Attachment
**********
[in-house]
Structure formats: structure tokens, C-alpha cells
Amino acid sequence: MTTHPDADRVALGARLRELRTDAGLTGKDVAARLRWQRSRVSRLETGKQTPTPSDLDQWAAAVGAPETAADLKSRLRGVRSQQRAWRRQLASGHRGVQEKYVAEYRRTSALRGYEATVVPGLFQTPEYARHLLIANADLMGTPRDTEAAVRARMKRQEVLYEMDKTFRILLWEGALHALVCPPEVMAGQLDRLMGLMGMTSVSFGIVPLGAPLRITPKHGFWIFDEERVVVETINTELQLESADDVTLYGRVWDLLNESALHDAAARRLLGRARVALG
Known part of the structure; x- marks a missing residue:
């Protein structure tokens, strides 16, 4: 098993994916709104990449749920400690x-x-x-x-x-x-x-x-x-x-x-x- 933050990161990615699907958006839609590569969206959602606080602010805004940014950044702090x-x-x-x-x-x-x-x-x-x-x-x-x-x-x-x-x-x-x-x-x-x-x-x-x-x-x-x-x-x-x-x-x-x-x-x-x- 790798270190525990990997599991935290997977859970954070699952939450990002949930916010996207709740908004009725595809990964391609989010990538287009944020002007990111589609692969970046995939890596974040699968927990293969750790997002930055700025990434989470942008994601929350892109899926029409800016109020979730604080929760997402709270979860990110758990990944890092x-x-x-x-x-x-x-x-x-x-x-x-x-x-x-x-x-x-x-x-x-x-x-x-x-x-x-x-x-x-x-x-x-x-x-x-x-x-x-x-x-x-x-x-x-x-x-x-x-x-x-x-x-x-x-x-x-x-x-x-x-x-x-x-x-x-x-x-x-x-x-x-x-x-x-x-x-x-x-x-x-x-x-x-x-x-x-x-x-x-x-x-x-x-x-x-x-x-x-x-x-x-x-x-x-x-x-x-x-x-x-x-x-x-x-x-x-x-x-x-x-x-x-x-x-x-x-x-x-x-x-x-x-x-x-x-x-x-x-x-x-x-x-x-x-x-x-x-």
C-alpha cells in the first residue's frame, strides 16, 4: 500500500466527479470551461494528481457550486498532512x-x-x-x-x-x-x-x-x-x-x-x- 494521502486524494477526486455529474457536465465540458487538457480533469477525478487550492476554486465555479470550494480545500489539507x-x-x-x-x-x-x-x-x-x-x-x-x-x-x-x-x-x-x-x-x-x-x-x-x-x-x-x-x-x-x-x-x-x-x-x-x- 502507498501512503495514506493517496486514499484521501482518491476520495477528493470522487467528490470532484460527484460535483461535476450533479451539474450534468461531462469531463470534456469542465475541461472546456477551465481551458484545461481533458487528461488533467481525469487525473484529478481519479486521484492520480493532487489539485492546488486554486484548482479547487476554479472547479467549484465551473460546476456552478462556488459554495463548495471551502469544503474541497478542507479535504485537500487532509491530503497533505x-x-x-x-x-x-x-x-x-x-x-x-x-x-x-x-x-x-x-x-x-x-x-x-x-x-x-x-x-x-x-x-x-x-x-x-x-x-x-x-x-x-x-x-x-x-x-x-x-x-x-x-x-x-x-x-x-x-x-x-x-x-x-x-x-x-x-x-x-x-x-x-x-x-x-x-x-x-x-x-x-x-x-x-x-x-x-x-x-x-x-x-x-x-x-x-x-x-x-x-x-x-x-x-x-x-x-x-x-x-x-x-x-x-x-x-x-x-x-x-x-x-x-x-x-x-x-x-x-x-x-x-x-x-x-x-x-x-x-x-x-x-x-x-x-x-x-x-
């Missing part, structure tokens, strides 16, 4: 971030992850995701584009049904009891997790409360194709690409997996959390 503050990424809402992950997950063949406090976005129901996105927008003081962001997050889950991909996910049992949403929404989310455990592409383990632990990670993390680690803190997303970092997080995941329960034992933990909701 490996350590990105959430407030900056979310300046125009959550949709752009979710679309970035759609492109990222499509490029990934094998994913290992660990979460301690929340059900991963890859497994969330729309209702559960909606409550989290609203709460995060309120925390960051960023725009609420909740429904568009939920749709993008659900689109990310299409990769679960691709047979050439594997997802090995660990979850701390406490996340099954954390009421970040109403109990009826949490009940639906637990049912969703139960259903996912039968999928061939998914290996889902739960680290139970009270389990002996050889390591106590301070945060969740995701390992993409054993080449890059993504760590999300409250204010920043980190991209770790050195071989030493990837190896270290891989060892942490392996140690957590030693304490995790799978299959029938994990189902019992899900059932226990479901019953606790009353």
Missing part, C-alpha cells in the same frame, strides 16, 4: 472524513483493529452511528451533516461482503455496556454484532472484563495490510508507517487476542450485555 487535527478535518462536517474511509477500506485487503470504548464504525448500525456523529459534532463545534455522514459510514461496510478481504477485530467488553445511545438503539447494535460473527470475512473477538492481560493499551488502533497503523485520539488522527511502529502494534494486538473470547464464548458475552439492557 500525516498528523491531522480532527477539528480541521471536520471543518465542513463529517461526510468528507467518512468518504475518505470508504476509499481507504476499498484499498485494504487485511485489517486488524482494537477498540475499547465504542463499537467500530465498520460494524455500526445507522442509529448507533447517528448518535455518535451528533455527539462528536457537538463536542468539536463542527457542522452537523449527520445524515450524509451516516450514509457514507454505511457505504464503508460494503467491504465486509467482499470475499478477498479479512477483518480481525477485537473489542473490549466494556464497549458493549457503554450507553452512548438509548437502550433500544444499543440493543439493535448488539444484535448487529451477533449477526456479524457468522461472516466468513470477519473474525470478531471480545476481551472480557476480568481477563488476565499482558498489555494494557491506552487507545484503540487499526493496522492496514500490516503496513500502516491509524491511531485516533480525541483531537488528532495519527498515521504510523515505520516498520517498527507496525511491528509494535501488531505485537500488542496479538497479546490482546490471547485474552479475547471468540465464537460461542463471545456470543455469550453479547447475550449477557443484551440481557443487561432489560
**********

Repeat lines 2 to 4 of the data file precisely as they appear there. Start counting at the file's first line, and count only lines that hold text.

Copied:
Structure formats: structure tokens, C-alpha cells
Amino acid sequence: MTTHPDADRVALGARLRELRTDAGLTGKDVAARLRWQRSRVSRLETGKQTPTPSDLDQWAAAVGAPETAADLKSRLRGVRSQQRAWRRQLASGHRGVQEKYVAEYRRTSALRGYEATVVPGLFQTPEYARHLLIANADLMGTPRDTEAAVRARMKRQEVLYEMDKTFRILLWEGALHALVCPPEVMAGQLDRLMGLMGMTSVSFGIVPLGAPLRITPKHGFWIFDEERVVVETINTELQLESADDVTLYGRVWDLLNESALHDAAARRLLGRARVALG
Known part of the structure; x- marks a missing residue: